In the aspect of numerical analysis, many methods have been used to solve the unsaturated seepage problems. Lam and Fredlund [3] discussed the saturated-unsaturated transient finite element seepage model for geotechnical engineering. Huang and Jia [4] analyzed the effects of unsaturated transient seepage concerning the stability of an earth dam under rapid drawdown using finite element method. Ng and Shi [5] conducted a parametric study using the finite element method to investigate the influence of various rainfall events and initial ground conditions on transient seepage. Sako and Kitamura [6] proposed a practical numerical model for seepage behavior of unsaturated soil to improve the previous model proposed by Kitamura et al. [7]. Zhang et al. [8] proposed a method to simplify the finite element analysis of seepage to a certain degree with satisfactory results. Pedroso [9] presented a solution to seepage problems in porous media considering the complete time-dependent transition from full saturation to partially unsaturated states. Fu and Jin [10] proposed a numerical model to simulate the unsteady seepage flow through dam, with both saturated and waterhead as variables to describe the seepage domain. Andreea [11] presented stability and seepage analysis performed in unsaturated regime by using steady-state analysis and transient analysis. Based on the theory of porous media, Garcia et al. [12] used a multiphase coupled elastoviscoplastic finite element analysis formulation to describe the rainfall infiltration process into a one-dimensional soil column and obtain the results of generation of pore water pressure and deformations. Liu et al. [13] also analyzed the seepage-deformation in unsaturated soils in numerical way. Wang and Li [14] presented solutions in one-dimensional coupled seepage and deformation of unsaturated soils with arbitrary nonhomogeneous boundary conditions by using finite difference method. The result indicates that the boundary conditions and the coupling effect have a significant influence on the seepage in unsaturated soils. Using eigenfunction expansion and Laplace transformation techniques, Ho et al. [15] discussed the dissipation of excess pore-air and pore water pressure in the two-dimensional (2D) plane strain consolidation of an unsaturated soil stratum. Ho and Fatahi [16] also introduced an exact analytical solution predicting variations in excess pore-air and pore water pressures of unsaturated soil stratum in 2D plane strain condition. Lu and Godt [17] discussed the infinite slope stability under steady unsaturated seepage conditions, and a case study is presented to examine the predictive utility of the framework proposed in research. In the simulation of steady-state subsurface flow, Romano et al. [18] analyzed the unsaturated flow and seepage faces by theory models.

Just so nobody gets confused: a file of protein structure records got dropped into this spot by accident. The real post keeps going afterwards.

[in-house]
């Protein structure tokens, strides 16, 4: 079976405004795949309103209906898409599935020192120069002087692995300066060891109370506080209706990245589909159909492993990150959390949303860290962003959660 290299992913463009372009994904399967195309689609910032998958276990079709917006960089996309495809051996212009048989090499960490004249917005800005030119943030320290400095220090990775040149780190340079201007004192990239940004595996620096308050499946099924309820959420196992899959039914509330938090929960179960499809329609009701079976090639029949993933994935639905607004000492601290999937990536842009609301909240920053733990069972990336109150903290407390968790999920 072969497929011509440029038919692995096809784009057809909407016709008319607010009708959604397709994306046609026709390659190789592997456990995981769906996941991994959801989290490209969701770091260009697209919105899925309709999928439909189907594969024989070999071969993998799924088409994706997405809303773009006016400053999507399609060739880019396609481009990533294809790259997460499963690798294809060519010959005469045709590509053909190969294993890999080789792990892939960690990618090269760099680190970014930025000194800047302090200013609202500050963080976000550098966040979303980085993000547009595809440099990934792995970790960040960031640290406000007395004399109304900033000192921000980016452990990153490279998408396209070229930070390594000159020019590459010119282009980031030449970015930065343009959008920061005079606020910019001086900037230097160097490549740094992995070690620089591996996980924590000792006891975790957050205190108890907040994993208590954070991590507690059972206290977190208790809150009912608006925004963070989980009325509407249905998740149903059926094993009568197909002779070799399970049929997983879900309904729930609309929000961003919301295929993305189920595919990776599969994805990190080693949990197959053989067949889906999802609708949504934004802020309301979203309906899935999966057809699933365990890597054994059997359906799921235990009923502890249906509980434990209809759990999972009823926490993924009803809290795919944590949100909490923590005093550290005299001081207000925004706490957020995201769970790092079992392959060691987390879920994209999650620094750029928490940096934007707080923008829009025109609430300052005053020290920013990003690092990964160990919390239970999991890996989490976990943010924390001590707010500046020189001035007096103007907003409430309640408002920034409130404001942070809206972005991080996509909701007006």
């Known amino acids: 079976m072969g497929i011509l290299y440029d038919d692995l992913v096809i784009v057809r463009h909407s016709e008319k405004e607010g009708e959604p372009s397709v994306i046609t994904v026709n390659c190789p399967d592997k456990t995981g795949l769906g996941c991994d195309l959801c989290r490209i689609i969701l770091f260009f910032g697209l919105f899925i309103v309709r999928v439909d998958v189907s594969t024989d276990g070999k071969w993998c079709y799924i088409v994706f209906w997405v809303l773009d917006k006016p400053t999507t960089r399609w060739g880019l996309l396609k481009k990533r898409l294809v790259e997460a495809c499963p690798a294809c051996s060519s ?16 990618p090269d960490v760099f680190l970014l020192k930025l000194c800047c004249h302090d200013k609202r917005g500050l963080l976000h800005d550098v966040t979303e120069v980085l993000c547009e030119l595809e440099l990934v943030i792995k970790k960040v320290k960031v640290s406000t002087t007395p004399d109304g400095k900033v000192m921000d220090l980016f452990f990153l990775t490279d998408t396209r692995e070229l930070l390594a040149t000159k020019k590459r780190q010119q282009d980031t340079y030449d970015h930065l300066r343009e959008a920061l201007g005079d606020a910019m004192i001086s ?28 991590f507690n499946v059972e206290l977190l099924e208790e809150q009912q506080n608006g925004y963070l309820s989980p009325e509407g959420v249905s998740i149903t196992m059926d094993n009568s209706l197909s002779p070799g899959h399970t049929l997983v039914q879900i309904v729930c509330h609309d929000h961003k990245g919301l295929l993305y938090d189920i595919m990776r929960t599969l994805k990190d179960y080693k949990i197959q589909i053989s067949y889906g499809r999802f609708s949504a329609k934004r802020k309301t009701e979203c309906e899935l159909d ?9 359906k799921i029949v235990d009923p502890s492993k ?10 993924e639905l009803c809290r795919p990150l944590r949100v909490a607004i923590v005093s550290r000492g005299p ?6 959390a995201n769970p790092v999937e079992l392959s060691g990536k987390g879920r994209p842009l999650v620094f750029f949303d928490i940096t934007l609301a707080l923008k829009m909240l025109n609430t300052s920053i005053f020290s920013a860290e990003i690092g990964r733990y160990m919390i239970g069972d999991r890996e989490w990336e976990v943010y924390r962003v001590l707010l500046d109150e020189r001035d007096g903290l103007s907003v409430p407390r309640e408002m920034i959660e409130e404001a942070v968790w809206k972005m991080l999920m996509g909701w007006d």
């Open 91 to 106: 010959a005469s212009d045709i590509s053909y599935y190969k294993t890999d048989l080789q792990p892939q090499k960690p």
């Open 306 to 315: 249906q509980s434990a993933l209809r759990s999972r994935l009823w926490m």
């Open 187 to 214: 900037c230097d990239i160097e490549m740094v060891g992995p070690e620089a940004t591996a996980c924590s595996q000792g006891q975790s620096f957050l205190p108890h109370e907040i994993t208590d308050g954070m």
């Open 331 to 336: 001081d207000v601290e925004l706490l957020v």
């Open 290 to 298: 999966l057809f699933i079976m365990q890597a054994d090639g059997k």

In the experimental study, many model experiments and field tests have been conducted; for example, Su et al. [19] studied the water seepage and intermittent flow in unsaturated, rough-walled fractures.

Although a lot of work on unsaturated soil seepage has been conducted, the unsaturated seepage in vacuum drainage conditions is not fully studied. The current study of vacuum drainage method is limited to saturated seepage. Pan [20] and Huang et al. [21, 22] analyzed the mechanism of vacuum tube dewatering by laboratory experiment and field test. The lack of research leads to the weak theoretical and computational basis of vacuum drainage, which severely limits the development of the method. In order to obtain the general law of vacuum seepage in unsaturated soil, the finite difference method is used to analyze the vacuum seepage model with flux boundary condition and waterhead boundary condition.